Power from ocean waves and wind

From early proof-of-concept testing to ongoing public engagement and education, Oregon Sea Grant is playing a part in efforts to develop renewable energy from the ocean waves and wind - while minimizing the conflicts with other ocean uses.

More than a decade ago, Sea Grant seed money helped fund pioneering scientific and engineering work by OSU researchers Annette Von Jouanne and the late Alan Wallace which determined that the motion of the waves can be harnessed to generate electricity. Within a few years, renewable energy companies from the US and abroad were banging on Oregon's doors, filing multiple permits with the federal Energy Regulatory Commission for commercial-scale projects off the Oregon coast -

Coastal communities, torn between the desire for clean, sustainable energy and a desire to protect their livelihoods and the marine environment, responded by filing their own permit applications in an effort to have some control over where offshore energy facilities might be located.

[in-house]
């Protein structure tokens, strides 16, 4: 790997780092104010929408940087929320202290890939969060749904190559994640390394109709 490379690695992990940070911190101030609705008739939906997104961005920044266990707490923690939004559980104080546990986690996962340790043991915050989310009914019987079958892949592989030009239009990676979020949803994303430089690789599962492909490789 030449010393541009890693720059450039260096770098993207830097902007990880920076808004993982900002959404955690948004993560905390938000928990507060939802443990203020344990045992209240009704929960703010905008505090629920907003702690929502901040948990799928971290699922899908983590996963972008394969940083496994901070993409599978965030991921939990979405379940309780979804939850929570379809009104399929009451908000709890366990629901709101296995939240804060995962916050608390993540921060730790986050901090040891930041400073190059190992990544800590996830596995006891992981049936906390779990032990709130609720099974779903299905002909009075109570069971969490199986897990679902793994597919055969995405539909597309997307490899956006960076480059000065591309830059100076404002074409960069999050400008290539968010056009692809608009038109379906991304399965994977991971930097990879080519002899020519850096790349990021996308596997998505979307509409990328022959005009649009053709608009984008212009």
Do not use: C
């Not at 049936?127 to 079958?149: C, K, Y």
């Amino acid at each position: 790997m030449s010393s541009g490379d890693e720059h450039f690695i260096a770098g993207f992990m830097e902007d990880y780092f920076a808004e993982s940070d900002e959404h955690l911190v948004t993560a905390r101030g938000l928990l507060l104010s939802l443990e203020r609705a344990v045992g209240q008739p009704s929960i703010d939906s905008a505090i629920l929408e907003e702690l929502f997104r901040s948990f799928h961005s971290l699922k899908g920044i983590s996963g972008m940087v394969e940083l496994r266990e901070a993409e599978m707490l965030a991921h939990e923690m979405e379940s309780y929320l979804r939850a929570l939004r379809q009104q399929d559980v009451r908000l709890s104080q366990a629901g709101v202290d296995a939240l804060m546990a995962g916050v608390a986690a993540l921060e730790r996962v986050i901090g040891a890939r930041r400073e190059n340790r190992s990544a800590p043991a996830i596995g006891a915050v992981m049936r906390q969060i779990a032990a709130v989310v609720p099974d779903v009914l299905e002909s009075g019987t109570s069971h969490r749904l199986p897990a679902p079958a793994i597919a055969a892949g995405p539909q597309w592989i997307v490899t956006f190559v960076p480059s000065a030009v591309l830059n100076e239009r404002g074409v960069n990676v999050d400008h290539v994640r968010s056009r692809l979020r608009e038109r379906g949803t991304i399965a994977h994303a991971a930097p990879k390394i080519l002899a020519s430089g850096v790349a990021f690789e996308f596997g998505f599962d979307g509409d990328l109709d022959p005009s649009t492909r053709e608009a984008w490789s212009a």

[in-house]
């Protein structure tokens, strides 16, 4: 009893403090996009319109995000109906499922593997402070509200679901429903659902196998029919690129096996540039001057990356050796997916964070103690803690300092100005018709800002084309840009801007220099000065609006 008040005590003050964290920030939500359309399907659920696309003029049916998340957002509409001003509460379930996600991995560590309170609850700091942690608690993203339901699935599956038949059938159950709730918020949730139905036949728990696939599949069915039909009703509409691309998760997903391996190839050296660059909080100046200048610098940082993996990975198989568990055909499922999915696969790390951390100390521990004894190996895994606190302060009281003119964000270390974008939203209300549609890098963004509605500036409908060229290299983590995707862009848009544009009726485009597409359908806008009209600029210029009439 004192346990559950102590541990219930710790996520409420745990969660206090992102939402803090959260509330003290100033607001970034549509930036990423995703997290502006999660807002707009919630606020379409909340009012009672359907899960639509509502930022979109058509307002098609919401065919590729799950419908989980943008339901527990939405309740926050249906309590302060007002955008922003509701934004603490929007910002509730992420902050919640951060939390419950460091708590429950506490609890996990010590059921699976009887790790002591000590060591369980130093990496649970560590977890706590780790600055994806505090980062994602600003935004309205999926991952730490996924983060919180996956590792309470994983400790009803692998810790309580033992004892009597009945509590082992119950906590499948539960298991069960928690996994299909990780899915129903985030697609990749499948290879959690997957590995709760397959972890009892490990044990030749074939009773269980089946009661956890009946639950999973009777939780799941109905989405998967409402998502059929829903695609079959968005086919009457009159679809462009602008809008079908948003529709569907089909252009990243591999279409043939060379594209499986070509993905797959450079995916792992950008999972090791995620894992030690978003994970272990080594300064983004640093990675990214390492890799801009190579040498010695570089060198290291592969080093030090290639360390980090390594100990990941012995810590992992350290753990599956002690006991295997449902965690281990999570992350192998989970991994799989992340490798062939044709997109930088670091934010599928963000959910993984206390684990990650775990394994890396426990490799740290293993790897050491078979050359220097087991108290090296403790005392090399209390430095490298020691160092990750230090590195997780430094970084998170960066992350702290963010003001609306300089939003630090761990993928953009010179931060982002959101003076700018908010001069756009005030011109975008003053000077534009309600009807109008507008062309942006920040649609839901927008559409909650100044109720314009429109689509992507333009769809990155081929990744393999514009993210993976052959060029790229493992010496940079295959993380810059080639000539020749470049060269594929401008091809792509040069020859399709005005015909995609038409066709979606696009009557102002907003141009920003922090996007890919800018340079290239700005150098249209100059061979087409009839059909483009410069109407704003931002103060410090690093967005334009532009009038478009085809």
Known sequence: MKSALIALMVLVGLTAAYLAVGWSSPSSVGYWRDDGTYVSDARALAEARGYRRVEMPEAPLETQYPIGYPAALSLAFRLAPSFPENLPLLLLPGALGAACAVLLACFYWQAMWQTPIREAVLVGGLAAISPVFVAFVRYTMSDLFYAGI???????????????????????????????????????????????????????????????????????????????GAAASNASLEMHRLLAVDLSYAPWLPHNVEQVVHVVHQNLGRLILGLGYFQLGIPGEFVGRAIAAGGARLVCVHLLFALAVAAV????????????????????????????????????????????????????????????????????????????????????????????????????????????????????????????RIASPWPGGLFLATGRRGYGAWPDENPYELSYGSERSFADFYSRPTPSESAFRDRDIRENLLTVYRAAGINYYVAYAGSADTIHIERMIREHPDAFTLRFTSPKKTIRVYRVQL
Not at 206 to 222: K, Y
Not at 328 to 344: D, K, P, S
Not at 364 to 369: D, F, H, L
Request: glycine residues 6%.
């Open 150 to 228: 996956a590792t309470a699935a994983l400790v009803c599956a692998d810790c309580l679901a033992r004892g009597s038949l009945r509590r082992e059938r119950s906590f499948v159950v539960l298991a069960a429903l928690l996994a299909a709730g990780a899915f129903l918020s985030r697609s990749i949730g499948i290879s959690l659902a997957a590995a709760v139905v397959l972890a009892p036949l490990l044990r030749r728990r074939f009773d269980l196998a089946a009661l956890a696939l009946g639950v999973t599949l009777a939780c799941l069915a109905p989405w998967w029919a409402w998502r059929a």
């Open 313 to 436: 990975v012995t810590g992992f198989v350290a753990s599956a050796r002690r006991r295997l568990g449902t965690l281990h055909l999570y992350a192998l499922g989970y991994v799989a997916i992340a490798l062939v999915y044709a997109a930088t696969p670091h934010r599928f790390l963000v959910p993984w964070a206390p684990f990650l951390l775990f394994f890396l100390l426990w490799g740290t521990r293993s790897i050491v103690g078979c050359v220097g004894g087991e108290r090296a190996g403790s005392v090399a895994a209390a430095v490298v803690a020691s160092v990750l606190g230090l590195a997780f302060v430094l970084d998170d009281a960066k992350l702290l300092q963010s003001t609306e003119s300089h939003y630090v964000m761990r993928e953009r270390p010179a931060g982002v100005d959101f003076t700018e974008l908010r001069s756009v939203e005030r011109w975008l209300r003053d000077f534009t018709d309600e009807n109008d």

We support this through conducting research regarding the human dimensions of energy production and cooperatively learning with the public about the complex issues involved. We have:

Sea Grant engages with communities

Sea Grant, under the leadership of Extension Marine Fisheries specialist Kaety Jacobson and Community Outreach specialist Flaxen Conway helped organize stakeholder groups up and down the coast, bringing commercial, charter and sport fishing interests, local governments and others into the siting process. Their reports on the potential environmental and human dimensions of wave energy helped broaden the conversation beyond "will it work" to include "how will it affect marine and human communities?"

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